• Just found out that Methane’s half life is only about 10 years because it is oxidized to by the hydroxyl radical in the atmosphere. This converts it into water vapour and, you guessed it, CO2. Perhaps that is why it is considered to have a higher global warming potential.


  • krisrhodes

    Wikipedia article on atmospheric methane is pretty good.


    Have you ever heard stories of billions of buffalo roaming the great planes? Man has taken over a lot of the ecosystem that used to be used by other species, including large ruminants. I’m not sure if anyone actually knows if the # of ruminants is higher today then it was under pre-human conditions.

    All the estimates for where current atmospheric CO2 come from are terrible. Treat that data as very, very rough. That said, livestock do emit a significant amount of methane. If we ate less beef, we could reduce methane emissions that way. But melting permafrost could be a big source and is poorly understood and quantified. Growing rice also creates wetlands which create methane.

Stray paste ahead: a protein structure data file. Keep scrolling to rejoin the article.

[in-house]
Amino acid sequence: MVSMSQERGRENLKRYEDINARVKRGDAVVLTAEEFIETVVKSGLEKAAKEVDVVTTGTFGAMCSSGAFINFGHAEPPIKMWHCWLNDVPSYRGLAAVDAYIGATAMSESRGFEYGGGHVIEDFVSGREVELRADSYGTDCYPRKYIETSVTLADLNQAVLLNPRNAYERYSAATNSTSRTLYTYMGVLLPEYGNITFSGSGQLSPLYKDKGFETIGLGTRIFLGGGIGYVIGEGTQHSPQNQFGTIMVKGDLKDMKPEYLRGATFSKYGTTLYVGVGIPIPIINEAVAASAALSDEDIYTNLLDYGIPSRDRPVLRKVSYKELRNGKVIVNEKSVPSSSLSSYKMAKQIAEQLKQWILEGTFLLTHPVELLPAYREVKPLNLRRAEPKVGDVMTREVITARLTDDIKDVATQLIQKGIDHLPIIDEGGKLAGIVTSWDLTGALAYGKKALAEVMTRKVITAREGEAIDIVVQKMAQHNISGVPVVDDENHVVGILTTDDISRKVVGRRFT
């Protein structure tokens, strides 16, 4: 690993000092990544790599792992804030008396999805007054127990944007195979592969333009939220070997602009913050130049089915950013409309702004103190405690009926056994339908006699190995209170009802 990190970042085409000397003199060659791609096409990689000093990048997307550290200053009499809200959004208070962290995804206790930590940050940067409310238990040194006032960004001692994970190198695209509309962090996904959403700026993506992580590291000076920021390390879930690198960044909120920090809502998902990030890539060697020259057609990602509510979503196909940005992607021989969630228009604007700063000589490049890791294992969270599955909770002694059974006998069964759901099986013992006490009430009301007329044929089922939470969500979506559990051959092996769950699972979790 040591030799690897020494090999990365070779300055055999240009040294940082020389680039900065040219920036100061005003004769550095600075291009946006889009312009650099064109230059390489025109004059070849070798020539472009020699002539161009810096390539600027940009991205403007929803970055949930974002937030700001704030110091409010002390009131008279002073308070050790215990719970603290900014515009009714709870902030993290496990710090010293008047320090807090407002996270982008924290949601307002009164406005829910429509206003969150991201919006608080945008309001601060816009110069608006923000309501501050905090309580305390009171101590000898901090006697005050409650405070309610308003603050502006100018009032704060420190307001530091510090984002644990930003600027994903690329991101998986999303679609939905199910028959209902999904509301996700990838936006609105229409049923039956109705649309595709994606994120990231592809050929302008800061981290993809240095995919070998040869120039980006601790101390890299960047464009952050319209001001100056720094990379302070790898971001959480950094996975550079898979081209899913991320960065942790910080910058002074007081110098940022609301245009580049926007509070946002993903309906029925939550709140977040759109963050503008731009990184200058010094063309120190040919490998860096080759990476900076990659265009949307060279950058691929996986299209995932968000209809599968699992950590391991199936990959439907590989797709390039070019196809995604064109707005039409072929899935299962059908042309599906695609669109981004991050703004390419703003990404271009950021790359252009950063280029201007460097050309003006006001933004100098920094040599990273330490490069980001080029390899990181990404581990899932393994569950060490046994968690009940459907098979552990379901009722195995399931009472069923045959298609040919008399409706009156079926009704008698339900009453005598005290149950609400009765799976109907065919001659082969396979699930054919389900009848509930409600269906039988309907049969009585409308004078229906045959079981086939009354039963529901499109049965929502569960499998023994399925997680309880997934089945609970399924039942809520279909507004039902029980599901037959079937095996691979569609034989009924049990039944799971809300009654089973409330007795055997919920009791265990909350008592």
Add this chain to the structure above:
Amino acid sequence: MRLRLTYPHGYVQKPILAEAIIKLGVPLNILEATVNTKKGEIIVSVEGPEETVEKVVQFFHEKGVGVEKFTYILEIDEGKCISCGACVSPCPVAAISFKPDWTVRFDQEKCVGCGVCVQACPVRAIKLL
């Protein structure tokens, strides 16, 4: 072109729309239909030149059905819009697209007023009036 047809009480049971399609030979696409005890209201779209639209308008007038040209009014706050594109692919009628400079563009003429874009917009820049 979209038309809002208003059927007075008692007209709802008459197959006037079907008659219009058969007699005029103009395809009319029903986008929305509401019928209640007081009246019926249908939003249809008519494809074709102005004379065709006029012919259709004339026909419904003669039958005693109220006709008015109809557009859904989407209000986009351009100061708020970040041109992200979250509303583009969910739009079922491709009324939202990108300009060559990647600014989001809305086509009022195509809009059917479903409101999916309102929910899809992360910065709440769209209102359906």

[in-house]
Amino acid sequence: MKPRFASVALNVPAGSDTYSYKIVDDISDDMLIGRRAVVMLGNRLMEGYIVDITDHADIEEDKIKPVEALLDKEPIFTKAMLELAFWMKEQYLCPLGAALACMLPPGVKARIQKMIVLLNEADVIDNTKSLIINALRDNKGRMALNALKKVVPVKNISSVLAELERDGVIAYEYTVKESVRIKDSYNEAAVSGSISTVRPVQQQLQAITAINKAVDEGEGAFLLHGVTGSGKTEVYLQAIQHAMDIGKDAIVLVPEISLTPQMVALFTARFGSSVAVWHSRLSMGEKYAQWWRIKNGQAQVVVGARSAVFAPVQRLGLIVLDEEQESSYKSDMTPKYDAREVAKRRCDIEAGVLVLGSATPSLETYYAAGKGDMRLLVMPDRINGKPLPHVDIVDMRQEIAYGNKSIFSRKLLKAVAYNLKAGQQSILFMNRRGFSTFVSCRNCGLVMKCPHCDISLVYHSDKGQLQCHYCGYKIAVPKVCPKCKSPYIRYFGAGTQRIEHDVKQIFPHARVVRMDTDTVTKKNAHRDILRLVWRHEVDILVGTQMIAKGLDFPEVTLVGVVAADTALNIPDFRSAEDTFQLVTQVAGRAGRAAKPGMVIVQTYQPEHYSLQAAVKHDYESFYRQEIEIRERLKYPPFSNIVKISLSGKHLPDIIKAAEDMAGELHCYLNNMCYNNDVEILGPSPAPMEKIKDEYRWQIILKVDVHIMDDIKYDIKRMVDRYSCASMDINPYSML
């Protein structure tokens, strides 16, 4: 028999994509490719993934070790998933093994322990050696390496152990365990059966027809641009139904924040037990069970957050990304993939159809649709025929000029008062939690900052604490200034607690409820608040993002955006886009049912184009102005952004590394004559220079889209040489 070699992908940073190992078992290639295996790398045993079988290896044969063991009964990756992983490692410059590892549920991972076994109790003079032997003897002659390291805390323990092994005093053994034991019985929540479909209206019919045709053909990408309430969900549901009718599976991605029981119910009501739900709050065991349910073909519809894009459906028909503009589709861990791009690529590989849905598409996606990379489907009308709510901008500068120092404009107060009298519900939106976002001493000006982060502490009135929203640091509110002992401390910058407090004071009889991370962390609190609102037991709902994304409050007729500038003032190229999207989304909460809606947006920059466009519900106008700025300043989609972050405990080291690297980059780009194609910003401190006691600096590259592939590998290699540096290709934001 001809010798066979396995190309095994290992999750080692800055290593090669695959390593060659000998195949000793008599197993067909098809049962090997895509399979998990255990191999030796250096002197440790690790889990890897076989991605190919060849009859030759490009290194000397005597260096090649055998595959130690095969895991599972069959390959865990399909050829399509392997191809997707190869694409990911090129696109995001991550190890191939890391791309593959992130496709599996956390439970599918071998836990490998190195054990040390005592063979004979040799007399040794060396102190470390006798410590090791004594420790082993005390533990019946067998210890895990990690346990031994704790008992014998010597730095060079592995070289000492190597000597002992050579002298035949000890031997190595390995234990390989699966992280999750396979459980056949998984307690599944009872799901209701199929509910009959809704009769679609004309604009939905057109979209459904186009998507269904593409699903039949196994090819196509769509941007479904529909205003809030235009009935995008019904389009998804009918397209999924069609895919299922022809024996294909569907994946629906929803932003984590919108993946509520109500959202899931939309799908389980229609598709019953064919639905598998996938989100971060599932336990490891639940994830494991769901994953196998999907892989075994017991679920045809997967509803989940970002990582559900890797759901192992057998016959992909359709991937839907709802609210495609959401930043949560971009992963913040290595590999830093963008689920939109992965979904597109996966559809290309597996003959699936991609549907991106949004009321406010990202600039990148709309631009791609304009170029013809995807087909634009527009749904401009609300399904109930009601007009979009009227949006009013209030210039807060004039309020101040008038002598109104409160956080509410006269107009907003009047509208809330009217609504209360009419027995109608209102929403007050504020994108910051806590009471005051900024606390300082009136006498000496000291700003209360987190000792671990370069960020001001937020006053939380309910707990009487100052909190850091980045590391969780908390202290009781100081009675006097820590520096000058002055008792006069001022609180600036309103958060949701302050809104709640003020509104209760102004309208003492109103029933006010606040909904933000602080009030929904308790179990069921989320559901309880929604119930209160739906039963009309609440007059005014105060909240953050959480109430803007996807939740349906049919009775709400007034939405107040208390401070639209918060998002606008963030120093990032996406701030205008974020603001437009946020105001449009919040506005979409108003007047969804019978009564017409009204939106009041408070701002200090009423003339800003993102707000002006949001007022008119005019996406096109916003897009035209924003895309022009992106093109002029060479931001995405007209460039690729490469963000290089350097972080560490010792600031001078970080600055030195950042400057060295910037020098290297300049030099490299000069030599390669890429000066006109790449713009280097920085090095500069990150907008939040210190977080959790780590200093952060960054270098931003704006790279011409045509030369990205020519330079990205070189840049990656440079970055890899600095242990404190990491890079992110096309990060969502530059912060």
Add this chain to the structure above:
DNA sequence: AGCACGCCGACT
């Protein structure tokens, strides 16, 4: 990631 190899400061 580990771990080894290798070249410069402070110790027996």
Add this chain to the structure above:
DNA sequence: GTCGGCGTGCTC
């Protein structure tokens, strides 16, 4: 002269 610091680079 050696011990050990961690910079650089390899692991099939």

Methane does seem to be high today compared to the past few millions years, on the order of x2-3. Tough to argue that it’s not anrthopogenic, but as mentioned, pinpointing it down past that is pretty rough.


    The CO2 that ends up in the atmosphere after methane breaks down started in the atmosphere for the most part; it’s a net break even. It’s “higher potential” is based entirely on how it absorbs and emits radiation.

  • Yeah I can see why it’d be tough to pinpoint sources of atmospheric methane with any precision.